What the British Parliament did last Friday was something a democratically elected legislature of a free society should never do: They forced into law, over the objections of the other house, a bill outlawing a previously legal activity that’s the centerpiece of a culture just because they didn’t like it. Yes, after almost a decade of votes on various bills to ban hunting with hounds, the Labour lunatics in Britain’s House of Commons overcame the House of Lord’s objections with the seldom-used Parliament Act.
It’s the equivalent of conservative Republicans in our House of Representatives using some arcane emergency procedure to push a law making abortion illegal past the Senate and the President. Of course, that couldn’t happen here. But a group of desperate Labour M.P.s, driven by class-warfare revenge, has sparked a potential constitutional crisis, with foxhunting in the middle.
The legal challenges foxhunters have already launched could take years before the courts reach a decision. Until then, men and women who’ve spent their whole lives following hounds may have to become criminals. Until then, thousands of huntsmen, whips, kennelmen, terriermen and people who work in foxhunt stables could be out of work. Until then, thousands more who run or work in feed, tack and clothing stores, plus hundreds more in stables that rent out horses for a day’s hunting, could lose their businesses or jobs.
The ban’s effect will be wider than foxhunting. Britain’s steeplechase racing, especially the incredibly popular point-to-pointing (run almost completely by and for the hunts) will feel the most immediate consequences. But almost all the country’s best event riders–and many horses–learned to go across country in the hunting field. Plus U.S. land conservationists have long admired England’s ability to preserve their island country’s open spaces. Well, suburbia is already starting to consume their countryside, and without foxhunting landowners (both horsemen and farmers) will have less incentive than ever to not turn their precious meadows, fells, grain fields and rich pastures into McMansions, condos or shopping centers.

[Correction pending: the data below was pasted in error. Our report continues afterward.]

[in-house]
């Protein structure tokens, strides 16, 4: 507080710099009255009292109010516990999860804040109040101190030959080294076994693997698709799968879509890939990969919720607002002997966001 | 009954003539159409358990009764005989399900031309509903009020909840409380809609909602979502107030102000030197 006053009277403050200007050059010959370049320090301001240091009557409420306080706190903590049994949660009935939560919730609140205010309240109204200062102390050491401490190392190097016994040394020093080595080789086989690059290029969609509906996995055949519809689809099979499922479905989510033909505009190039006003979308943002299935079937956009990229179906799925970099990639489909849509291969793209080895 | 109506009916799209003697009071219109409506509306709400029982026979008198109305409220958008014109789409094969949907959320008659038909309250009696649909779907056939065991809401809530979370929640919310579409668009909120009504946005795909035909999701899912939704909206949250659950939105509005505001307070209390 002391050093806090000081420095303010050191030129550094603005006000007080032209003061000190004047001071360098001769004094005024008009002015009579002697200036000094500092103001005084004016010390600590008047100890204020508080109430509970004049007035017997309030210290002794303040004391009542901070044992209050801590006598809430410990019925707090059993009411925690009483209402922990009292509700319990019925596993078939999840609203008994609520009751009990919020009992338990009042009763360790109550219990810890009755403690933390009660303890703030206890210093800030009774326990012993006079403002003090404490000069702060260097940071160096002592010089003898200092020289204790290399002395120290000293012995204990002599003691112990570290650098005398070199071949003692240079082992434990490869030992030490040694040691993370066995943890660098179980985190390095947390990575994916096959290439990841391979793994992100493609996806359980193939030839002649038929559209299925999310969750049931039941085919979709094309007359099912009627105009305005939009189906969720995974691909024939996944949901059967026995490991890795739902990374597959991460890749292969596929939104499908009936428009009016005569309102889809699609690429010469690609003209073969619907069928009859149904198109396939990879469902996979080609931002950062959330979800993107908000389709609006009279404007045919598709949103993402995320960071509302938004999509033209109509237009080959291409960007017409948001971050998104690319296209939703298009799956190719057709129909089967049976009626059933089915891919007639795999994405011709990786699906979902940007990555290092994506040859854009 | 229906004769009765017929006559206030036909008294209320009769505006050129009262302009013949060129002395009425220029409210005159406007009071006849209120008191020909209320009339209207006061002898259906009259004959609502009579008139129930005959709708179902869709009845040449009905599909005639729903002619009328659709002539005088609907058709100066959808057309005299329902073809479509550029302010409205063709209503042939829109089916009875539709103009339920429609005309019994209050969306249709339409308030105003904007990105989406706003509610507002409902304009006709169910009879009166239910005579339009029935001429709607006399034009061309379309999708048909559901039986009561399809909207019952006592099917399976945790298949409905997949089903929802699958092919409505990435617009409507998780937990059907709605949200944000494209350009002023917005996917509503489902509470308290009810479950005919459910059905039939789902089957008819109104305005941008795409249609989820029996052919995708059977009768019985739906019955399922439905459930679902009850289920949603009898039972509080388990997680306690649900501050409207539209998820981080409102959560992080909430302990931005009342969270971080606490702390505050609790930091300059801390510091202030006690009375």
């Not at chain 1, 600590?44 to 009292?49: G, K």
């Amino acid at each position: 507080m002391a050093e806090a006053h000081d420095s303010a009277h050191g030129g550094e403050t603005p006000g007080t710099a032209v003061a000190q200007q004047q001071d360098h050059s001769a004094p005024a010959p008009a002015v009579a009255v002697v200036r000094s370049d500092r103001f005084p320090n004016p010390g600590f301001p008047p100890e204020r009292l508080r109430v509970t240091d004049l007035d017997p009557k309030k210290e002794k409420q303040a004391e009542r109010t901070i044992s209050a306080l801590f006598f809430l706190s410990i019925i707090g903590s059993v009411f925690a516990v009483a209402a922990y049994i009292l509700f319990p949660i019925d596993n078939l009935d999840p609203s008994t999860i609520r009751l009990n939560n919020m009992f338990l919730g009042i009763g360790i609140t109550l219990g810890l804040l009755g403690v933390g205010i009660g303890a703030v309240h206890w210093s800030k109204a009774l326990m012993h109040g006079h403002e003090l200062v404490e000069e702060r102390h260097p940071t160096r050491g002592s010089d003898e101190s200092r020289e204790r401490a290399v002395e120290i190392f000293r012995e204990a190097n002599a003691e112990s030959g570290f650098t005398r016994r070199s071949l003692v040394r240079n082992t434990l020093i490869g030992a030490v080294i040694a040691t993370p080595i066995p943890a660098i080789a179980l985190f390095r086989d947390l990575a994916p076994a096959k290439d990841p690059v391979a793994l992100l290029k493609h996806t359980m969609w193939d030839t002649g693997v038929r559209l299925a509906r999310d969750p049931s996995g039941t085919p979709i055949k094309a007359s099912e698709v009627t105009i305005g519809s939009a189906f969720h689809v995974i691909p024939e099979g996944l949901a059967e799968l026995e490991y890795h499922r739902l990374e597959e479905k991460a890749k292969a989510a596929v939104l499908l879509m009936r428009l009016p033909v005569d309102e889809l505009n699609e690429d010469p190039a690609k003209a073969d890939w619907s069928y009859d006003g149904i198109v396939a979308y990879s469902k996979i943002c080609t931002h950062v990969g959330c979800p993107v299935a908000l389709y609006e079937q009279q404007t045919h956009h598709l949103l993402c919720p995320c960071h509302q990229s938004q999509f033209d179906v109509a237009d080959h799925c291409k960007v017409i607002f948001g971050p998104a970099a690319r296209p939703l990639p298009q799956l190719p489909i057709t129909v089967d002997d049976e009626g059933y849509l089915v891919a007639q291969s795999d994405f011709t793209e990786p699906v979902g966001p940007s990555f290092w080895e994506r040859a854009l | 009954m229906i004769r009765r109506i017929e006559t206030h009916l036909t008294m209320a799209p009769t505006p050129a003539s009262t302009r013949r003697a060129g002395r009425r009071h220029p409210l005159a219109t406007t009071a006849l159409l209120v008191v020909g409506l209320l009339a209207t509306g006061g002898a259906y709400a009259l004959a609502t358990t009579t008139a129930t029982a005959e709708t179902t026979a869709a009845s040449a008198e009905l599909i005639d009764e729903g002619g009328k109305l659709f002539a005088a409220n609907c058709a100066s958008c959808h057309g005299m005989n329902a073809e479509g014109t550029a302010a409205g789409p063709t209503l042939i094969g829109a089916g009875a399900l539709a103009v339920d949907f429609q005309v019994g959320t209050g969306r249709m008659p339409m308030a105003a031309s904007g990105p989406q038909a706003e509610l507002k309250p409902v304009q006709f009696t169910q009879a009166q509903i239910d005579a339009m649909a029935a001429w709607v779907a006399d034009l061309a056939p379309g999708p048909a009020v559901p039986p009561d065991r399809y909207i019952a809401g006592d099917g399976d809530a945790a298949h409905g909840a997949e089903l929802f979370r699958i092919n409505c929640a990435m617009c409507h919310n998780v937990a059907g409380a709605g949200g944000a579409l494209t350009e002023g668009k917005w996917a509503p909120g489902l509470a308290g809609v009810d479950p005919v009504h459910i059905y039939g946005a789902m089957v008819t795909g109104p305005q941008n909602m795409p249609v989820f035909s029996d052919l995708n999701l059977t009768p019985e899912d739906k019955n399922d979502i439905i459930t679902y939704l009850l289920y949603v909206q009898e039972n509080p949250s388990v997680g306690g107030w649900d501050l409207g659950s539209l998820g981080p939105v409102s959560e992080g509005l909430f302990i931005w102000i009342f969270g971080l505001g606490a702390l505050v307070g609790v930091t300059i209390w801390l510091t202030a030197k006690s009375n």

And this is all because some people in London or Manchester, who wouldn’t know a fox from a badger or a hare if it ran in front of them, have wrestled enough power to try to tell the rest of their country how to live.
Next, Britain’s foxhunters are anticipating massive civil disobedience, beginning with planning the season’s biggest hunting day on Feb. 17, the day after the ban becomes law. They’re hoping that at least 50,000 people will ride to meets all over the country that day to demonstrate to the rest of England how stupidly unenforceable the law is. The police simply won’t be able to arrest all those people and confiscate their horses, hounds and tack, as the law provides. And that governmental embarrassment will be almost perfectly timed just before the next general election.
Nor is this lunacy something we can just ignore. In some form or another, it’s going to come here, probably on a state-by-state basis, as has already been tried by animal-rights activists in California. So we need to support the Countryside Alliance in any way we can, and the easiest way is to send them money by going directly to their website (www.countryside-alliance.org) or by linking to it from the Masters of Foxhounds website (www.mfha.com).
Oh, and if you doubt that this law is driven by a centuries-old class warfare, not by concern for fox welfare, remember that not one single fox will be saved because horsemen can’t hunt foxes with hounds. The farmers can still legally shoot, trap and poison them to protect their chickens and lambs.